This second practice encourages players to use different patterns of play to bypass the press. By Rangers U19 assistant coach Niamh Russell MORE
Rondos: going round in circles
WHY USE IT
Using rondos in training gives you the ability to replicate almost everything you will find in a game — and the confidence that you are following in the footsteps of rondos pioneer Laureano Ruiz and enthusiasts Johan Cruyff and Pep Guardiola!
This session is an exercise for an Under-12s team with 12 players, but is easy to adapt as long as you maintain an overload in each rondo group. This session works for both football and futsal.
Set up two circles the same size to start, and then add a grid of three sections adjacent to the circles. Put up two mini goals at one end to accommodate the one-touch finish progression.
HOW TO DO IT
Start with all players on the outside of the circle. Allow players to play freely and unopposed to begin with. See how many passes can be completed in two minutes.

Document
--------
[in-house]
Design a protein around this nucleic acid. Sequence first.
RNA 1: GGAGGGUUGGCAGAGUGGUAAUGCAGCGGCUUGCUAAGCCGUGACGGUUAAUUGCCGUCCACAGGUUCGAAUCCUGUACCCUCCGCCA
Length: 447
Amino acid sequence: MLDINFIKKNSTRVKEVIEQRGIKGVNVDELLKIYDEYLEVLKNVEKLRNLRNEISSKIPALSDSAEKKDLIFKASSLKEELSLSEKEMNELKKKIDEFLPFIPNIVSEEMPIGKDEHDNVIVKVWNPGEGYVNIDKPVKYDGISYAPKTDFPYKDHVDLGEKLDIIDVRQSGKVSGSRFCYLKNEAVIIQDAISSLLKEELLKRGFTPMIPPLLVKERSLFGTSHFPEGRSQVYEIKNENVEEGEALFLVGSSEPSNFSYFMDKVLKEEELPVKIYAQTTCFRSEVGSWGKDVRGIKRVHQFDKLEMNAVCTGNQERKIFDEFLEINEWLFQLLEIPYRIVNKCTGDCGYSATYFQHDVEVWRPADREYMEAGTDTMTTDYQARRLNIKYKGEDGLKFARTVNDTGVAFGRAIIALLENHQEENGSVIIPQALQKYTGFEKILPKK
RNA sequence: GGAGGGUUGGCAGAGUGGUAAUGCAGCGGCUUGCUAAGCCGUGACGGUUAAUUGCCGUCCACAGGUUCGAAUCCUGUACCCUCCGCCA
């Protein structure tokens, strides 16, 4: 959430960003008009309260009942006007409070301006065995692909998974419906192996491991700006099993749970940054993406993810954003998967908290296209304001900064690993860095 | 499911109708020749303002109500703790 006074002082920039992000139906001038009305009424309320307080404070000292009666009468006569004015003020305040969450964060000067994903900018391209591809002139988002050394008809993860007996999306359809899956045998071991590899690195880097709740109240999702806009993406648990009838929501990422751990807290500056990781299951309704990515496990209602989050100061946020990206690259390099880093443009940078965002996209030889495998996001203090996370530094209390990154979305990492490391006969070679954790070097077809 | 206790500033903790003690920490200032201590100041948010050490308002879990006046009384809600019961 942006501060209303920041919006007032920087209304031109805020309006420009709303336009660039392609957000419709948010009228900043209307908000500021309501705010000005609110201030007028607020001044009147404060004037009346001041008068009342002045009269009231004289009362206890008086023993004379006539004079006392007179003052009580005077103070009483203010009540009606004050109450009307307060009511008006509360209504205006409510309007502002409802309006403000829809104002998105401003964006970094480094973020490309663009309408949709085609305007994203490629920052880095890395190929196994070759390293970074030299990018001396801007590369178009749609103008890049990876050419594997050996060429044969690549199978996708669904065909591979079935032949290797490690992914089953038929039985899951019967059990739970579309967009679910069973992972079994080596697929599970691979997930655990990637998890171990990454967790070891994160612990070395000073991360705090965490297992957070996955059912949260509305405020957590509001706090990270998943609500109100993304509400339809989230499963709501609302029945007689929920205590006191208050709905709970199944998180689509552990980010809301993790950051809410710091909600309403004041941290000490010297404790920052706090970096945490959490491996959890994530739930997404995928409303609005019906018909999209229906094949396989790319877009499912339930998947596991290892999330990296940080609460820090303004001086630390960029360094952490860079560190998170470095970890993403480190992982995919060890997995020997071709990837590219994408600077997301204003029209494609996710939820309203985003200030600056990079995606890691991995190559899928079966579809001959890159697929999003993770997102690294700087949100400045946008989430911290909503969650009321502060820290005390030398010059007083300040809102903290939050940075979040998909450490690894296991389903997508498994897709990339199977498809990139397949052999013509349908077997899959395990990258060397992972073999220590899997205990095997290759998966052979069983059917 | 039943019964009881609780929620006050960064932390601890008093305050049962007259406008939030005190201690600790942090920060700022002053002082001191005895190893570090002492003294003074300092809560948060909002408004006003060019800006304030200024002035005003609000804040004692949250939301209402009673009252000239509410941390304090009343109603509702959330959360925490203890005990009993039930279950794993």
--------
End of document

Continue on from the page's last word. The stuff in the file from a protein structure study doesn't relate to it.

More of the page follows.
Progress to having one or two defenders inside the circle, with attackers retaining possession for as long as possible.
Encourage one-touch from this point on if it suits your group’s ability. Where there are two defenders, ensure they work together. If a defender wins possession, they can swap with the attacker who lost the ball.
Encourage players to move the ball with both feet and different parts of the feet, preferably the sole, an important aspect of futsal. Depending on age and ability level, use just one, two or three touches where possible.
Also encourage a positive first touch and remind players to anticipate the next pass. This will require players to talk, look up and work as a team.
Each rondo group passes through the central grid, doing a set number of passes in each section – start with 10 (progress to fewer passes and more flowing movement between grid sections) and move to the next section. This encourages the passing movement to both retain possession and progress up the pitch in a game. This can be a timed or competitive game between the two groups.
You can add mini goals at the end of the grid – two players can leave the grid to create a one-touch opposed or unopposed finish before re-joining the group – rotate positions between players.
1. Set up two circles for two groups to begin the rondo session. The groups can play unopposed to begin and then progress to having one or two defenders working in the middle of the circles.
2. Set up a central grid made up of three sections and add two mini goals at the end of the area.
3. To progress from the initial opposed rondo, players move from the circle to the grid, playing a set number of passes in each section before progressing. They can end with a one-touch shot on goal.